Many male survivors have discovered that composing poetry can be a very useful recovery tool. It offers a powerful way to express feelings, while at the same time it doesn’t require a guy to produce a continuous narrative, which may not yet be appropriate or even possible for him.
If you've been considering writing your own poetry, you are on the verge of setting out on a path already followed by many guys. The sections below will give you an idea of how much has already been done. It's worth remembering that for most of these men their goal hasn't been artistic achievement, but recovery. It has clearly helped them, or there wouldn't be so many of these guys! Why not join them? After all, writing poems doesn't mean you have to display them to the world, unless that is what you really want to do.
You may be wondering how to get started. There are numerous guides “out there” on composing poetry, but for survivors an essential read – and profoundly encouraging – is a different sort of work:
Ferlinghetti, Lawrence. Poetry as Insurgent Art. New York: New Directions Books, 2007.
Ferlinghetti's little book, which can easily fit into your pocket, briefcase, or backpack, basically urges us to take back our power, declare our truth, own our feelings, forget the pretenses, and let others think what they will.
Wondering what other guys have done? A good place to start would be the anthologies edited by Neal King, Jill Kuhn, and Mike Lew (listed below). All of these works are dedicated entirely to the work of male survivors. On the subject of survivor poetry itself, see:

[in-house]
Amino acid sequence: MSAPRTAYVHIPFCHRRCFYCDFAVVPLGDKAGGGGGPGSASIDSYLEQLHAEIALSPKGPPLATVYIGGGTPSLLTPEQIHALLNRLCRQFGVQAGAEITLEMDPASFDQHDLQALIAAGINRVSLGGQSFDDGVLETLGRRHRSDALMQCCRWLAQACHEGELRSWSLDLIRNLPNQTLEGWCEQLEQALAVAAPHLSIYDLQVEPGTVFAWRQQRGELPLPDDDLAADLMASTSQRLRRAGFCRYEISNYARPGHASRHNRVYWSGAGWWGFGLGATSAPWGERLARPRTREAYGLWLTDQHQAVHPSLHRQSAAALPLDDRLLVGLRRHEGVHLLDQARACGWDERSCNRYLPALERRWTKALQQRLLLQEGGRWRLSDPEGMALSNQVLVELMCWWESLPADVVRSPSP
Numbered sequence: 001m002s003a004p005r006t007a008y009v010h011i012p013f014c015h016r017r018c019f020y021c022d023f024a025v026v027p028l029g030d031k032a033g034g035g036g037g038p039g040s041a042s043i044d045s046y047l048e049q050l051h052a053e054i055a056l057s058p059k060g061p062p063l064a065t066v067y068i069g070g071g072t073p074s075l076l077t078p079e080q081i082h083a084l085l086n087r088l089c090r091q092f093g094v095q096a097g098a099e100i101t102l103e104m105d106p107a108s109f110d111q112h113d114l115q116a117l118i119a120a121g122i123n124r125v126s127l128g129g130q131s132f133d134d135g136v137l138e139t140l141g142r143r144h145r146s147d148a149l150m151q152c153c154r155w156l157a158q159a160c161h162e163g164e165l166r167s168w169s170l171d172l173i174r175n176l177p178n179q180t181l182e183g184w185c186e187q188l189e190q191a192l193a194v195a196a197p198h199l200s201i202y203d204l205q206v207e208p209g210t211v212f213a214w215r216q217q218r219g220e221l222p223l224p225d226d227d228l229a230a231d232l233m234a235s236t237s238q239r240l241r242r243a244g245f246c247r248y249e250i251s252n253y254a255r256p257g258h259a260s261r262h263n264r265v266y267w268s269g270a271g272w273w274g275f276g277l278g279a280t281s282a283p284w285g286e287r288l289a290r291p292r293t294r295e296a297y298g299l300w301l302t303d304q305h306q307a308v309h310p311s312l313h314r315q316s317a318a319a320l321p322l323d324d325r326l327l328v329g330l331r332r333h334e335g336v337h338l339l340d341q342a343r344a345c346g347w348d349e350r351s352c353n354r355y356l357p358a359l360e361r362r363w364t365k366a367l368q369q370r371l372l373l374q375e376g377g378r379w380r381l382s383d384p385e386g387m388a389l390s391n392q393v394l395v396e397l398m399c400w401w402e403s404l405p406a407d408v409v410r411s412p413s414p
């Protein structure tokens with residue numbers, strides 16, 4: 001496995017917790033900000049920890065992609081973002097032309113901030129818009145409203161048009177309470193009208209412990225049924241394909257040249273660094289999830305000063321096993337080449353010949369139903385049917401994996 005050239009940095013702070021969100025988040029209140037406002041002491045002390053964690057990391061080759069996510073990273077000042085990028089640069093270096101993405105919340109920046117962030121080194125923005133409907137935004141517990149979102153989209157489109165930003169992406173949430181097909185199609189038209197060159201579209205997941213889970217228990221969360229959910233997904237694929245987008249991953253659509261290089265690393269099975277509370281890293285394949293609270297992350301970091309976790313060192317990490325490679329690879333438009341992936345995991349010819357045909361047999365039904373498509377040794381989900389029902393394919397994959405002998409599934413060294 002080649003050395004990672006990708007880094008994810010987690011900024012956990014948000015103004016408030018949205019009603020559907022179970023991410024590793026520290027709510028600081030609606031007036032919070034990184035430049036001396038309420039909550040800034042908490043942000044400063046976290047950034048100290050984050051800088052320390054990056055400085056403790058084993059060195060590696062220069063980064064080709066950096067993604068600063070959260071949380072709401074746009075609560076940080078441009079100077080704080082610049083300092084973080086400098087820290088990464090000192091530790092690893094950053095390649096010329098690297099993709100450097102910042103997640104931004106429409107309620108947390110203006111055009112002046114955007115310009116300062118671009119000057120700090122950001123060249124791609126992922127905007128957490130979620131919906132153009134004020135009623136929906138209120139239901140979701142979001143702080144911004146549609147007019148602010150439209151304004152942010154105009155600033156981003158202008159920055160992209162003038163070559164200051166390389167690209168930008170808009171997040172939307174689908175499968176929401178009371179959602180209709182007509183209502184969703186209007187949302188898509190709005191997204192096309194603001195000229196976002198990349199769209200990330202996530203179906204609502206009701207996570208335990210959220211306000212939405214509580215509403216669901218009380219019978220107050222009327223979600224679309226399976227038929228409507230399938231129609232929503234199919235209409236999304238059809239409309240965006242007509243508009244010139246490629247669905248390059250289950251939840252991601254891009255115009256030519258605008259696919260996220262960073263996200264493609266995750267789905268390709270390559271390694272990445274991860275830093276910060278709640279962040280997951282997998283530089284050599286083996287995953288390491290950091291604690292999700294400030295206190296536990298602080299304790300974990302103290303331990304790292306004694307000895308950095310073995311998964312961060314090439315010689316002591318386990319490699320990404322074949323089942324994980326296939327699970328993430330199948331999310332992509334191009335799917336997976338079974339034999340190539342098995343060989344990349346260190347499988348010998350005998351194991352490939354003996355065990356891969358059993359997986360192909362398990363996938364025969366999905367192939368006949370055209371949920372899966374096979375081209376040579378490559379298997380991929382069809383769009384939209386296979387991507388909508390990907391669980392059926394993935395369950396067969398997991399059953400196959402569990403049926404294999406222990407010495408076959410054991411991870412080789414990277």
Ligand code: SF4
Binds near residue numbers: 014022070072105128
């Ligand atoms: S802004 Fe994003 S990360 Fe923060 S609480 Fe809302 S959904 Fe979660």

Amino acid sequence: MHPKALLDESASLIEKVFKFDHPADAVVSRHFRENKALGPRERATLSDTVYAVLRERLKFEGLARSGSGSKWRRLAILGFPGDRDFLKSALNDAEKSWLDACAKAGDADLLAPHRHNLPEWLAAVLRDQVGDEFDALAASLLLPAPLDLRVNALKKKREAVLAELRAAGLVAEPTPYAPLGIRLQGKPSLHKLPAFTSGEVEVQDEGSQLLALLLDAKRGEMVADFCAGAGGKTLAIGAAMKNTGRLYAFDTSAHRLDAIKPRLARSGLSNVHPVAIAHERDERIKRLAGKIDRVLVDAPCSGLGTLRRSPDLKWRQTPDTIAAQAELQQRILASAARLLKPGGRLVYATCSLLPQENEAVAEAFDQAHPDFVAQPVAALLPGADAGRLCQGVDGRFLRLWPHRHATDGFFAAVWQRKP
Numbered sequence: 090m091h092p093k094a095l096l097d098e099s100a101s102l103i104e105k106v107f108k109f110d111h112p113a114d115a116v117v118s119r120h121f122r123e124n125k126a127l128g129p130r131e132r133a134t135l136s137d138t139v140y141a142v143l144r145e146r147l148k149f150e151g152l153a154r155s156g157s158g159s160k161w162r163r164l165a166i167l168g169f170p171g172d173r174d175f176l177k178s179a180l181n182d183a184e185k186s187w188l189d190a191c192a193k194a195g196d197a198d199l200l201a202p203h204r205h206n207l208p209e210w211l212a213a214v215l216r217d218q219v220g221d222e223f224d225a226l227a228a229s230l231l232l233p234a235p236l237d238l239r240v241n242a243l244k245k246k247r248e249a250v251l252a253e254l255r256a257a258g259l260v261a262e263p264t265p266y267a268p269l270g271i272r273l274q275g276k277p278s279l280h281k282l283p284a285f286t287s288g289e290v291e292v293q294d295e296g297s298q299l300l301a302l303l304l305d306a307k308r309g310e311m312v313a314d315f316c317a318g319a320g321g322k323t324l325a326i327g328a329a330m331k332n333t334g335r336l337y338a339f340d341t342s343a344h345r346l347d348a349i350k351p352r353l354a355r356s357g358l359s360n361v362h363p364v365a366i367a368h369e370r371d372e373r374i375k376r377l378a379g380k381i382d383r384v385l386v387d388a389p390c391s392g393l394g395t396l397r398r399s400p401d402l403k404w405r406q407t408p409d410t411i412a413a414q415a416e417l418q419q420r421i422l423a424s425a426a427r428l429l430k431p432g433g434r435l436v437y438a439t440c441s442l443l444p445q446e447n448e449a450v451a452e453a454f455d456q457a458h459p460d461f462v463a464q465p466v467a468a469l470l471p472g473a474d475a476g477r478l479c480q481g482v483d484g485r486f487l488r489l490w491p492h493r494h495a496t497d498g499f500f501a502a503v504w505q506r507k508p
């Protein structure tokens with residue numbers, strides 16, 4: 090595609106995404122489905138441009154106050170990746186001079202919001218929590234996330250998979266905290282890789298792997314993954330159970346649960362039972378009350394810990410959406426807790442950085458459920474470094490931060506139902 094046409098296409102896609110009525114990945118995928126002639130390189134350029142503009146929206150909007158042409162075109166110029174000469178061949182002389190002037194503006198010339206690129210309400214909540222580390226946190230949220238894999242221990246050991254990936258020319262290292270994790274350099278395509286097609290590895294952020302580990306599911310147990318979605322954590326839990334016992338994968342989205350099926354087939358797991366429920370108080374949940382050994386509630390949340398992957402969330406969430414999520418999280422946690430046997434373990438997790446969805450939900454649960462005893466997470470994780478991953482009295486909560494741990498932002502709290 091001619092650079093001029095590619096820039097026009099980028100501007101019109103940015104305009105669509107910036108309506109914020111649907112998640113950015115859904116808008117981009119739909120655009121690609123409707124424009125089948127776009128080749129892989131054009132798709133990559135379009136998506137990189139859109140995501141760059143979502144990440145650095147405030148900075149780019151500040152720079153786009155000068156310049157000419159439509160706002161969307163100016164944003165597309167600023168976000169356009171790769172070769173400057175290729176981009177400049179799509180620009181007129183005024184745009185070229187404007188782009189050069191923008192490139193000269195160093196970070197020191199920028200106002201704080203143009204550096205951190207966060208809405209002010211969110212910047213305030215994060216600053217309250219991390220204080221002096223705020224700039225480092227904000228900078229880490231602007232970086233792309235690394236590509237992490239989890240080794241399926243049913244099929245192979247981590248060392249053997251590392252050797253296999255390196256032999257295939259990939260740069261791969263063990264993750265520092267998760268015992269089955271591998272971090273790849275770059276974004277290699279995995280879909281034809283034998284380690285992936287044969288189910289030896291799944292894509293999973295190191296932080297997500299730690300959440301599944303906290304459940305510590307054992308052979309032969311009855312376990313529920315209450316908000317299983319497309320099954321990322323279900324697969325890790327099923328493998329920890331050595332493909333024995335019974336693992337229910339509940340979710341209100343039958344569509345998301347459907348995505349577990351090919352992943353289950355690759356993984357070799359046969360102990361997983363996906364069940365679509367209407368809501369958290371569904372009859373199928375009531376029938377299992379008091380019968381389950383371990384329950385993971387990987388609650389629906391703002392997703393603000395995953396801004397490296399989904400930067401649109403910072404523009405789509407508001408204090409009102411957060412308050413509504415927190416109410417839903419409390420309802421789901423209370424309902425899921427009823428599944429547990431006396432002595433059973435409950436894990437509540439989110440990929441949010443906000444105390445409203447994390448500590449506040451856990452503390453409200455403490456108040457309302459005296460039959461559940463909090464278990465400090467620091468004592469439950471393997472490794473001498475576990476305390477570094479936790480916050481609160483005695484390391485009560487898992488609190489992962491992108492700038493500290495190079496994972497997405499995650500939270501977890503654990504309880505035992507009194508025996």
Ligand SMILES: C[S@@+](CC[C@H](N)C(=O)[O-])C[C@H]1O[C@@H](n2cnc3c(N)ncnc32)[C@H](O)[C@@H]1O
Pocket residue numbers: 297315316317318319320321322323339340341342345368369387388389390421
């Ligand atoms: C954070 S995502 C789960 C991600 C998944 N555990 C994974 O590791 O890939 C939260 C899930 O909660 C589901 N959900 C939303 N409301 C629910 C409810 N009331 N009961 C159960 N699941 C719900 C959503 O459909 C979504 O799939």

Apffel, Robyn. Metamorphosis: a Poetry Manual for Survivors of Childhood Sexual Abuse. Bloomington, IN: AuthorHouse, 2014.
Chavis, Geri Giebel. Poetry and Story Therapy: the Healing Power of Creative Expression. London: Jessica Kingley Publishers, 2011.
Fox, John. Poetic Medicine: the Healing Art of Poem-Making. New York: Penguin Putnam, 1997.
Don’t be deterred by the self-deprecating thought, “I’m no poet.” Yes, the poets listed here include celebrated professionals like Francisco Alarcón, Richard Hoffman, Norbert Krapf, Harold Norse, and Bruce Weigl, but the majority are guys more or less like you and me – survivors who decided to give it a shot. Again, you don’t have to show what you write to anyone until you want to do so, and the purpose isn’t to produce exquisite verse (although yours may in fact prove to be very good). The idea is to try a new recovery tool that only requires a piece of paper and a pencil.
And try to write that way – with paper and pencil. You can always keyboard and revise your work on the computer later, but it’s a powerful experience to feel and see the words forming as you write.
The Foundation has collected a corpus of over 150 volumes of male survivor poetry, most of it in collections by single authors, but also including material in anthologies. Most of the known work has so far been in English, but German, Icelandic, Italian, Portuguese, and Spanish are also represented. The authors come from every continent in the world, except Antarctica. The magnitude and scope of the material already suggest its utilitiy as a research resource, and many of the books are available in libraries or as eBooks.
The topics covered include not only specific abuse issues, but extend to the entire range of life itself. So already, this work highlights the crucial point that in the aftermath of sexual abuse a survivor’s life isn’t necessarily dominated by the consequences of abuse. In fact, many of the poetry collections below reflect the author’s engagement with topics that non-survivors would readily recognize as their concerns too. The material can also be fruitfully researched according to such categories as gay survivors, ethnic minorities, clergy abuse, and female offenders.
If you know about, or own, or have published a volume of poetry by a male survivor not listed below, we would be grateful if you could click here and let us know the details.